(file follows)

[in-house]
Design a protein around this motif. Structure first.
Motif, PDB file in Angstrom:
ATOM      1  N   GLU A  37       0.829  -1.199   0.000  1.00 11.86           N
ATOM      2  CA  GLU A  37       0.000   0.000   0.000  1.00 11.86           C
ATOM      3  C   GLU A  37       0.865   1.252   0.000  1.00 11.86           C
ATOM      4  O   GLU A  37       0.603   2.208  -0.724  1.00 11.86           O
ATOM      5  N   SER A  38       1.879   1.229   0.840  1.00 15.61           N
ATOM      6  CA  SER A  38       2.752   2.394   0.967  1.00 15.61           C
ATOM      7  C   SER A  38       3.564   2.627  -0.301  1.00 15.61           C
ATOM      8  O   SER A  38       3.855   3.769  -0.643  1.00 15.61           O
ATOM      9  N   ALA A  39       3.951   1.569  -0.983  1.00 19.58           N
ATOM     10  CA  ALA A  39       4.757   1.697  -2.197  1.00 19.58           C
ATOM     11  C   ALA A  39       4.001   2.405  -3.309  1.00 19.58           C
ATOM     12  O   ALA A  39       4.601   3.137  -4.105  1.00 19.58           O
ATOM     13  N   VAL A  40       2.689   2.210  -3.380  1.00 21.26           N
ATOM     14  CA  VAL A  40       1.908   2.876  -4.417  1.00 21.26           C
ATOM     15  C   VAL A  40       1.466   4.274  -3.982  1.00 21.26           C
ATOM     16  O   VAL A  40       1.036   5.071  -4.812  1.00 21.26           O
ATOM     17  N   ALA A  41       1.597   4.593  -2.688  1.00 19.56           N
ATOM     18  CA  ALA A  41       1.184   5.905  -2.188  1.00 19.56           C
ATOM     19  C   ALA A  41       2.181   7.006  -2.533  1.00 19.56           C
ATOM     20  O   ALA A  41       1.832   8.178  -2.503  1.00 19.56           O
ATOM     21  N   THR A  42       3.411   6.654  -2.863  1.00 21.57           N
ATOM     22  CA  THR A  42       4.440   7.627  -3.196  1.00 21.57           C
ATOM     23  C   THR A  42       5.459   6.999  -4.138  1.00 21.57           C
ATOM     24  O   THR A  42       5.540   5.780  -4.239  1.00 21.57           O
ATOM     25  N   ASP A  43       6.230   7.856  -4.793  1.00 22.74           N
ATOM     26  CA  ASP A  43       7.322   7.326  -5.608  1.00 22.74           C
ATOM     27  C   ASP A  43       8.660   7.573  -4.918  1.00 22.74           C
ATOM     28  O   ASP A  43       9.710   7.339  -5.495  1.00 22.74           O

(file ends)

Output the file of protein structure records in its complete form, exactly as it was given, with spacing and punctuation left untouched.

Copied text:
[in-house]
Design a protein around this motif. Structure first.
Motif, PDB file in Angstrom:
ATOM      1  N   GLU A  37       0.829  -1.199   0.000  1.00 11.86           N
ATOM      2  CA  GLU A  37       0.000   0.000   0.000  1.00 11.86           C
ATOM      3  C   GLU A  37       0.865   1.252   0.000  1.00 11.86           C
ATOM      4  O   GLU A  37       0.603   2.208  -0.724  1.00 11.86           O
ATOM      5  N   SER A  38       1.879   1.229   0.840  1.00 15.61           N
ATOM      6  CA  SER A  38       2.752   2.394   0.967  1.00 15.61           C
ATOM      7  C   SER A  38       3.564   2.627  -0.301  1.00 15.61           C
ATOM      8  O   SER A  38       3.855   3.769  -0.643  1.00 15.61           O
ATOM      9  N   ALA A  39       3.951   1.569  -0.983  1.00 19.58           N
ATOM     10  CA  ALA A  39       4.757   1.697  -2.197  1.00 19.58           C
ATOM     11  C   ALA A  39       4.001   2.405  -3.309  1.00 19.58           C
ATOM     12  O   ALA A  39       4.601   3.137  -4.105  1.00 19.58           O
ATOM     13  N   VAL A  40       2.689   2.210  -3.380  1.00 21.26           N
ATOM     14  CA  VAL A  40       1.908   2.876  -4.417  1.00 21.26           C
ATOM     15  C   VAL A  40       1.466   4.274  -3.982  1.00 21.26           C
ATOM     16  O   VAL A  40       1.036   5.071  -4.812  1.00 21.26           O
ATOM     17  N   ALA A  41       1.597   4.593  -2.688  1.00 19.56           N
ATOM     18  CA  ALA A  41       1.184   5.905  -2.188  1.00 19.56           C
ATOM     19  C   ALA A  41       2.181   7.006  -2.533  1.00 19.56           C
ATOM     20  O   ALA A  41       1.832   8.178  -2.503  1.00 19.56           O
ATOM     21  N   THR A  42       3.411   6.654  -2.863  1.00 21.57           N
ATOM     22  CA  THR A  42       4.440   7.627  -3.196  1.00 21.57           C
ATOM     23  C   THR A  42       5.459   6.999  -4.138  1.00 21.57           C
ATOM     24  O   THR A  42       5.540   5.780  -4.239  1.00 21.57           O
ATOM     25  N   ASP A  43       6.230   7.856  -4.793  1.00 22.74           N
ATOM     26  CA  ASP A  43       7.322   7.326  -5.608  1.00 22.74           C
ATOM     27  C   ASP A  43       8.660   7.573  -4.918  1.00 22.74           C
ATOM     28  O   ASP A  43       9.710   7.339  -5.495  1.00 22.74           O